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Basementdweller

BSA and Backcountry Ethics

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I think boys are too unaware of their own mortality to be scared by something like a warning of possible hantavirus infection in mice. ;)(This message has been edited by BartHumphries)

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Hey BasementDweller,

 

Timber Rattlers and Copperheads are known to enjoy an occasional mouse. Was either native to that section of trail? (Never saw copperheads up on the ridges where most shelters seem to be.)

 

Sorry those anal orifices made you feel unwelcome.

(You know the rule about 'no firearms' is just for lawyers, right?)

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I can tell you here in the PNW the hiking community doesn't have a favorable view of the Scouts. go to nwhikers.net and search for boy scouts. it isn't pretty, and a lot of it is just what basement is talking about. if you register to post, I wouldn't admit that you are affiliated.

 

A good portion of our back country has small limits of the number of people allowed in a group. 8 to 12 depending.

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Ouch there BD, all bad things, all against the Oath and Law and even the Outdoor Code. I know its popular to say that 3/4's of Scouting is outing, but outing without being scoutlike is what gets us in trouble, Maybe the phrase should be 3/4's of scouting is outing and your a scout 100% of the time? Naw, too clumsy I am sure we have some wits who are much more clever than I

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The ATC recommends groups of 10 or less, a recommendation, not a rule.

 

Basementdweller, I spent the last 6 months on the AT (March - September) and have hiked over 3,000 miles of AT total. Everything that you say Scouts did, I have seen non-Scout groups doing too. Doesn't make it right, just an observation. I've also seen a lot worse by non-scout groups and individuals. On the other hand all the Scout groups I saw were mostly well behaved. Maybe a little loud late into the evening but hey they're exited about being outdoors. Many of the thru-hikers I met this year were Scouts in their youth or adult leaders. I met many Eagle Scouts and Eagle dads.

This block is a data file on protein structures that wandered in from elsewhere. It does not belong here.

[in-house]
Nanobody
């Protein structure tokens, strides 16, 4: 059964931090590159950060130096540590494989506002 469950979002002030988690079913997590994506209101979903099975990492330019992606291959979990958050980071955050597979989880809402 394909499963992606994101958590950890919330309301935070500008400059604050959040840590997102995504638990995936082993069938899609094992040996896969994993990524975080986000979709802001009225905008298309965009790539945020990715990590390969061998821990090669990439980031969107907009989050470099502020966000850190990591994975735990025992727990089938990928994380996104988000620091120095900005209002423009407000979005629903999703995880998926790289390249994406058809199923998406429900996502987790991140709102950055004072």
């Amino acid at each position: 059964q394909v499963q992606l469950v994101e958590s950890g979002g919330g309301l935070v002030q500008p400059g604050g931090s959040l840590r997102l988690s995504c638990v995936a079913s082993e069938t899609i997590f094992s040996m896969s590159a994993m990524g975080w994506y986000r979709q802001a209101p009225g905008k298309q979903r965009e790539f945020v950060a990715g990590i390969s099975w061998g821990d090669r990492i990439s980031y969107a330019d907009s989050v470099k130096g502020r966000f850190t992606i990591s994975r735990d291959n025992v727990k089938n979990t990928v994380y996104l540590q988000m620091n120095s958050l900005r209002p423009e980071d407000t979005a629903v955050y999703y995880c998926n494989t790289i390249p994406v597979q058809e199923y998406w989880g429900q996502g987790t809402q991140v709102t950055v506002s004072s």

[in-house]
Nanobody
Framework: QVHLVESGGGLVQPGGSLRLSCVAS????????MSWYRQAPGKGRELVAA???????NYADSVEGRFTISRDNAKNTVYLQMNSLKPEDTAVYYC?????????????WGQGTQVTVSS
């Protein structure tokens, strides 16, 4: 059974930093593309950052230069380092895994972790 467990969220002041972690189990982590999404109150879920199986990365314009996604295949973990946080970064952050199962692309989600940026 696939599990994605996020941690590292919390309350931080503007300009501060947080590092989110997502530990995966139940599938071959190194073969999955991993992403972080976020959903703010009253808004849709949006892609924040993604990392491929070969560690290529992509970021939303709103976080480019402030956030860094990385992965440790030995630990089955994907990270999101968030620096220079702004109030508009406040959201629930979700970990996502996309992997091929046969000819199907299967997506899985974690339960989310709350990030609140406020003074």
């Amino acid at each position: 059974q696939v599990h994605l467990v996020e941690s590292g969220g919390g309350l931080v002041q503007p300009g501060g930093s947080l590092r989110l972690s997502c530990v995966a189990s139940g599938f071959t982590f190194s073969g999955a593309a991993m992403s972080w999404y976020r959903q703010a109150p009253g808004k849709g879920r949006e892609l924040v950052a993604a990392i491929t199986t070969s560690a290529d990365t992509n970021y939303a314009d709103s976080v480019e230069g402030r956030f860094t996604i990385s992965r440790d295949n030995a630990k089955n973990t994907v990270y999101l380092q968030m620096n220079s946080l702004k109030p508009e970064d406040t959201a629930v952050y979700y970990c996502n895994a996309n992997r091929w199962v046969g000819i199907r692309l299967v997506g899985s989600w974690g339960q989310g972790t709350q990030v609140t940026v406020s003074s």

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I had a thought today, about what you could do:

 

Send it in to SCOUTING magazine as one of those "What would you do" questions>

 

No, it sure won't fix what happened, but it would bring up a bunch of interesting responces and maybe, the leaders of this unit ( that were not at the park) will get to wondering and possibly make the connection opf what their boys did on that day>

 

Maybe it could be an eye opener.

 

But at the very least, the next Basement will have an idea of what he could say or do...according to a national of scouters via Scouting magazine! :)

 

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Basement, I've seen the dishwashing and the trail blocking plus cutting live trees to unblock a view, throwing garbage off the trail, crapping in streams, etc. But while the trail blocking was by a troop, I've observed that with other groups as well and I don't mind stumbling over a few feet and hands as I pass through. The perps for the really dirty stuff have almost always involved non-scouts, often on 4-wheelers or some other kind of off-road vehicle. I have filled a 4WD Suburban with garbage on more times than I care to count. The thought process that leads people to leave dirty diapers lying around campsites is one of the reasons I know my efforts to clean these places is in vain. So I step over the rest of humanity and pick up what I can....and try not to think about it too much.